The late, Third, Jamgon Kongtrul related to Norma Levine:
In a black silk hatbox in a special storeroom at the Karma Kagyu monastery in Rumtek, Sikkim (India), sits the Black Crown or shwa-nag of the Karmapas. It is a material representation of the Wisdom Crown that was offered the great yogin Korbache, by a host of dakas and dakinis when he was designated Buddha of Activity; that is, Karmapa.
The rangjung chopen (the self-luminous, ie. non-material, crown) is woven of the hair of 100,000 dakinis. The one in the box was made for the 5th Karmapa at the suggestion of the Emperor of China. He had been able to see the rangjung crown and thought it would benefit people if they could even just see a semblance of its form.
Levine explains that the benefit of the Crown is an example of tendrel which is Tibetan for "interdependent connection," and it is the term used especially for mysterious objects whose presence is marvelous. These items are understood as manifestations of buddha-energy that make powerful impressions on us via our 6 senses.
A prediction goes, that "people who see, hear, remember or touch [it] will be born near exalted beings after departing from their present life."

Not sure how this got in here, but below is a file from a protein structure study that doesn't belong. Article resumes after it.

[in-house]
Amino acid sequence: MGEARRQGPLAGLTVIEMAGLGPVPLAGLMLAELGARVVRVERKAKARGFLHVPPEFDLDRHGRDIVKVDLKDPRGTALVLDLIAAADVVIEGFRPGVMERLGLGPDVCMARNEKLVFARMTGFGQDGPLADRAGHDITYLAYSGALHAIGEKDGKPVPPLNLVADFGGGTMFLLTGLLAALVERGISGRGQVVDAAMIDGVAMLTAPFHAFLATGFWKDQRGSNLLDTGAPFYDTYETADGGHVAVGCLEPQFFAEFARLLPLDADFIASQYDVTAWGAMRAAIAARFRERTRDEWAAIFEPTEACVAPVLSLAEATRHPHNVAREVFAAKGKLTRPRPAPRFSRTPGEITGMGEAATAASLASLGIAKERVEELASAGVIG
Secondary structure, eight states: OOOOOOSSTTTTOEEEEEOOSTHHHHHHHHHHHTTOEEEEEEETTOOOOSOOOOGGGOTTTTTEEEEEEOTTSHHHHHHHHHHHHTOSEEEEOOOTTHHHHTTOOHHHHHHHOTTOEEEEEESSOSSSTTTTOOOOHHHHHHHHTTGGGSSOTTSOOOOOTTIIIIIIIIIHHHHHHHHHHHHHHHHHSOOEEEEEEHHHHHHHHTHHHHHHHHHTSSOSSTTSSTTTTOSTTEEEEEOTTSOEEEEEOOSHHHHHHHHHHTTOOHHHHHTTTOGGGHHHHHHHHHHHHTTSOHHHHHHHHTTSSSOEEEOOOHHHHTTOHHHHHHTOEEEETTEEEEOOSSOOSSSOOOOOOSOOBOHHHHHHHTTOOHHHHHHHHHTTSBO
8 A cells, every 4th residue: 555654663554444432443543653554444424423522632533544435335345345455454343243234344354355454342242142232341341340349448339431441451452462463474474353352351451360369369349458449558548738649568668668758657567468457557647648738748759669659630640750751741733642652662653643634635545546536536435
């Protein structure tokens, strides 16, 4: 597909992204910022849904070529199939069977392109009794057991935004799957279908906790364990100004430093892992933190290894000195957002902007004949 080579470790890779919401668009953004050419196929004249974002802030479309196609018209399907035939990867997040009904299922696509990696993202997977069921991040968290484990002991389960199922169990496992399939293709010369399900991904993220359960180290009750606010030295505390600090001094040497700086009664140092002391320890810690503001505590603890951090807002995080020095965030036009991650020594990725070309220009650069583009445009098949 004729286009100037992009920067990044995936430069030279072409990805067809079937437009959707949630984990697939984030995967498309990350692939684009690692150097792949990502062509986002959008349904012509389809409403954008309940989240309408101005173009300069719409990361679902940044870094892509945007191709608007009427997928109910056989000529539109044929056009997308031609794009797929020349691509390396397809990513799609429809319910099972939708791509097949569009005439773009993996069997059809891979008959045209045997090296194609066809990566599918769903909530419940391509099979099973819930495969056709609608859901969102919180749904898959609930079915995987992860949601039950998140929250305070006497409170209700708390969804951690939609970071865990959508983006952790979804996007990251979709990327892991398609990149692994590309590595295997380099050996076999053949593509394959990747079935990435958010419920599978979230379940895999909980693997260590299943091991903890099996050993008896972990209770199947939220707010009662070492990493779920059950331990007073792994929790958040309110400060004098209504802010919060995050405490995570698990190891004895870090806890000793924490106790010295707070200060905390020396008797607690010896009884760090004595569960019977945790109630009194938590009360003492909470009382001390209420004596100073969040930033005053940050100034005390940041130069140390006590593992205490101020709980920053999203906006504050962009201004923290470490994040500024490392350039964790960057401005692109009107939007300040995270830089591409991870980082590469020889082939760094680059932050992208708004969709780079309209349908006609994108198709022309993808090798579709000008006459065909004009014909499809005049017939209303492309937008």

The Tsurphu Scroll
A new museum was inaugurated in Lhasa, Tibet by the Chinese authorities, in Oct., 1999.
Dec. 12, 2010: On the 3rd day of the ceremonies celebrating the 900th anniversary of the Karma Kagyu lineage, the 17th Gyalwang Karmapa, as part of his introduction to the administration of the bodhisattva vow to thousands in attendance in Bodhgaya (as well as numerous others following online,) made it perfectly clear that his leaving Tibet for India (at the end of 1999) at the risk of his life, was NOT to regain the marvelous Black Crown. "What kind of person would risk their life for a [mere] hat?"
He reminded us that Mahayana Buddhists practice for the benefit of all sentient beings without exception, and that circumstances in Tibet might very possibly have contributed to impediments in the fulfillment of this bodhisattva obligation.
Norma Levine. Blessing Power of the Buddhas: Sacred Objects, Secret Lands. Rockport, MA: Element, 1993.
tendrel: The Tibetan word meaning a is evocative of the English tendril, which refers to the small leafless parts of a plant, distinct from the stem, that emerge to coil spirally around any protuberance as a support for a growing vine. According to the Oxford English Dictionary, it is a word of obscure origin that appeared in the latter half of the 16th century, and an attempt is made to derive it from the French, tendre.